Jul 31, 2008, 12:29PM

Ditching Condoms Is The New Engagement Ring

A recent story by an NPR youth corresdpondant argued that the modern sign of a commited relationship isn't an engagement. Instead it's
agreeing to STD tests and having sex without condoms. The blustery reaction of older people to this idea has been met with indifference from a yougner generation that's grown up skeptical of marriage and comfortable with a range of sexual experiences.

Condom.jpg?ixlib=rails 2.1

Photo by Alana Elliott

According to testimony from Pendarvis Harshaw, an NPR Youth Radio correspondent, when a couple decides to ditch condoms, get tested for STIs and make the transition to other forms of birth control like the pill, the patch or the shot, they're not only taking a symbolic step forward in terms of sexual health, but also a leap of faith in the scheme of their relationship. As Harshaw states, sex without condoms is the modern substitute for an engagement ring.

In a 3-minute spot on NPR, Harshaw defends this new "Engagement 2.0" as a realistic replacement for an overpriced ring that, given today's divorce rates, doesn't mean much. Caring about your partner's sexual health, Harshaw believes, is the ultimate act of respect and intimacy, because "it shows trust, commitment and the prospect of a shared future." And eschewing latex is in no way a symbol of the urge to take on larger responsibilities or engage in risky behavior: "The majority [of young adults] want to steer clear of children and disease while enjoying the pleasures of healthy sex," he says.

NPR's main demographic may not be the 18-to-24-year-old set, but the generational gap that screams through the comments is indicative of the seemingly impossible reconciliation between the young and the old. Most younger commenters qualified Harshaw's point of view, offering missives of support and solidarity. "People need to get over their hang-ups on young people talking about sex and on the idea that a lot of us have an unfavorable view of marriage," one wrote. And another nearly dismissed Harshaw's account as old news: "My generation knows all too well the long walk down to the health clinic as a somewhat romantic feat, filled with a lot of the meaningfulness of a long walk down the aisle. In fact, my partner and I just made that journey last week. We considered it a great date."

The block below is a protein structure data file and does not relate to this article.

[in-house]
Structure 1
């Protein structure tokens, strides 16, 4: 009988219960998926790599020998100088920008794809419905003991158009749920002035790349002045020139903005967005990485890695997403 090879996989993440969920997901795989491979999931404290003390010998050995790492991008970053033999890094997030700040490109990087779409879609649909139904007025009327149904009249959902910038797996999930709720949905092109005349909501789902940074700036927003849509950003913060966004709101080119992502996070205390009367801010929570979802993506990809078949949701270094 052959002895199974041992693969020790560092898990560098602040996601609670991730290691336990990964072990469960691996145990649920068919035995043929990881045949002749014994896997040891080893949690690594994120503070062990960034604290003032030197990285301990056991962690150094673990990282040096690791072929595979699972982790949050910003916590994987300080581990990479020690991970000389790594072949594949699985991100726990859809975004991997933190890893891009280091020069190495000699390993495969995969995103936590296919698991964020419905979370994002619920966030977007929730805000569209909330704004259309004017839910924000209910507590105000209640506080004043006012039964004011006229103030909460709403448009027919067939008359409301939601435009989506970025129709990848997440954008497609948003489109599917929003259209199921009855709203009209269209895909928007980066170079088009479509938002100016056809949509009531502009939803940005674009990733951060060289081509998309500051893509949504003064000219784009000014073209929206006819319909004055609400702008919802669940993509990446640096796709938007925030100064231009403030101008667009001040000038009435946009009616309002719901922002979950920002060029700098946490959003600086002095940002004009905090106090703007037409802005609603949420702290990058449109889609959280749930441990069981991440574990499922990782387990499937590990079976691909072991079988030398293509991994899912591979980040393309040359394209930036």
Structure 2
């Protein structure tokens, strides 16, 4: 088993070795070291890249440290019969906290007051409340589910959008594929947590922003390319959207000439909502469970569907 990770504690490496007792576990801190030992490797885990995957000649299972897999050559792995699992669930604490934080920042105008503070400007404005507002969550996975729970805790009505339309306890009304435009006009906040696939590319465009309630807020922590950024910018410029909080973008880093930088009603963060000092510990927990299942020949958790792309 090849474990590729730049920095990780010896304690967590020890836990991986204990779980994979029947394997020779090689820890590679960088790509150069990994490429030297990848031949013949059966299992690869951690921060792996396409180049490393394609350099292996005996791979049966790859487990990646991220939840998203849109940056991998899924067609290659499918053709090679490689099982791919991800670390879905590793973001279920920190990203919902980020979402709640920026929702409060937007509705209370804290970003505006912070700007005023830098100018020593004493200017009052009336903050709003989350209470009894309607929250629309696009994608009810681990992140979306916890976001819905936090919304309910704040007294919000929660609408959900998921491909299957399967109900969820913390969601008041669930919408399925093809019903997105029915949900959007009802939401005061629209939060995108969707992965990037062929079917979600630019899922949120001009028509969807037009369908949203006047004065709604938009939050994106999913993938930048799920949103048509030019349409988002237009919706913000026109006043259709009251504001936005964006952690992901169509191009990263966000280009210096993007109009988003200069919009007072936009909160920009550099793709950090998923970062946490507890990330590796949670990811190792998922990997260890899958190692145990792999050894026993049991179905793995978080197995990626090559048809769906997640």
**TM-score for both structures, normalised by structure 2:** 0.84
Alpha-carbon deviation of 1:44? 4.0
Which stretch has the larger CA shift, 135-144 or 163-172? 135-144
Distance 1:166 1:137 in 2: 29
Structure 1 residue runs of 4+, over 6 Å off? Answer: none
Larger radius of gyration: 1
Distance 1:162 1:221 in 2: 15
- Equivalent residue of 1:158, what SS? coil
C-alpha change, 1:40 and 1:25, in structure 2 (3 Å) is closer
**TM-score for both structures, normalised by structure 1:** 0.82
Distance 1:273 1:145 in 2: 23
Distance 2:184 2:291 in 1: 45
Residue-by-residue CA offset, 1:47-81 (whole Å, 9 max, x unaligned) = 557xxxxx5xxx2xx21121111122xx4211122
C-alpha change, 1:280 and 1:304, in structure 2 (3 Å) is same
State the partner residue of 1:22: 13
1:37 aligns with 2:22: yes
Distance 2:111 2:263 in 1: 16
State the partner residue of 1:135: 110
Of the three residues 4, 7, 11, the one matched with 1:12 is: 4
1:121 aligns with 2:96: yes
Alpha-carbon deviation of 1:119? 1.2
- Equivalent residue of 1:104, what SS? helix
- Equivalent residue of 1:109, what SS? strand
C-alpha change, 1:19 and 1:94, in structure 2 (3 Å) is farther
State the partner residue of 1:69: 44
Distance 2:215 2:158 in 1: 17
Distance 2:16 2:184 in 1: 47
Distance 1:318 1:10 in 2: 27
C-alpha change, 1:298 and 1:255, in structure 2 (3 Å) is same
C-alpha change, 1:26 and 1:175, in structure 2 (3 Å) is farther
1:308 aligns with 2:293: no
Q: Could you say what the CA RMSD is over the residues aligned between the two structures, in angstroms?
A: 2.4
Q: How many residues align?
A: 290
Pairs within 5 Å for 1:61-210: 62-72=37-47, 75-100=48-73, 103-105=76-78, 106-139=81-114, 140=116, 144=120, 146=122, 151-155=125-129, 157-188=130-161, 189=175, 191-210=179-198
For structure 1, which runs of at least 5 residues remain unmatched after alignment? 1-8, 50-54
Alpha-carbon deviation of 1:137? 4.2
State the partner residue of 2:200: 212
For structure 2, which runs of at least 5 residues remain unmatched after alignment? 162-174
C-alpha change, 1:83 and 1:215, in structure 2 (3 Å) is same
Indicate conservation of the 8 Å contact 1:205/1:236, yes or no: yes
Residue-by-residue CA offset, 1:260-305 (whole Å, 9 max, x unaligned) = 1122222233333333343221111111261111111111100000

• I believe a lot of what this says majorly untrue. Recently, because of media (such as jamie lynn spears) and other circumstances, teens and some young adults are much more eager to have children, even if its with someone they don't know. Mostly its because of unconditional love and some sort of responsibility in the kids lives. Also, in some places, being pregnant is look at as a sort of honor, wrought with the prospect of great popularity. Also, even though marrige is disgustingly twisted in our country, (what ever happened to seperation of church and state?), I think that If we changed some laws and took it more seriously, then we wouldn't be resorting to condomless sex as a promise of "i love you forever". I have no idea what demographic this guy was looking at, but it obviously it wasn't a realistic one.

    Responses to this comment
  • well it just goes to show you how out of touch npr is with the demographic they're supposedly focusing on: 18 to 24-year-olds. I don't see what this article is talking about much at all, and I doubt it will gain any sort of traction in young people. with that being said, who are you talking about when you say young people want to have kids? I don't think I've ever met or even heard (aside from the obvious mini-britney) of a sub-20-year-old couple consciously deciding to have kids, or even deciding to keep the kid if it happened to have been a mistake. that is where you confuse me, monrobot, but otherwise spot on. npr of all media outlets should not be the ones commenting on today's youth when that hack ira glass is still on the air.

    Responses to this comment
  • Here's an earlier Splice article that talks about young girls trying to get pregnant: http://www.splicetoday.com/pop-culture/lego-my-prego

    Responses to this comment
  • Well, can you honestly tell me that you are in touch with todays youth? Just two weeks ago i met a girl who was 14 with a child and another on the way, both from two different men that she wasn't in touch with at the moment and hadn't been since they impregnated her. The demographic i'm talking about are not couples, theyre irrational kids, many of them hardly knowing the person who's carrying or fathering their child. It goes to show how blind people can be when theyre trying to focus on a non-existant positive.

    Responses to this comment
  • well a lot of that has to do with the piss poor quality of sex education in our schools. kids don't know any better and abortion is portrayed as a last resort/morally questionable choice that not a lot of kids end up wanting to pursue. I doubt many kids are happy and satisfied with buns in their ovens, I think they're just confused and trying to get through a pretty crappy situation.

    Responses to this comment
  • I suppose sex ed is crappy, but as I remember from middle school, none of the students took it seriously, including myself. I don't think you can blame the teachers on this one.

    Responses to this comment

Register or Login to leave a comment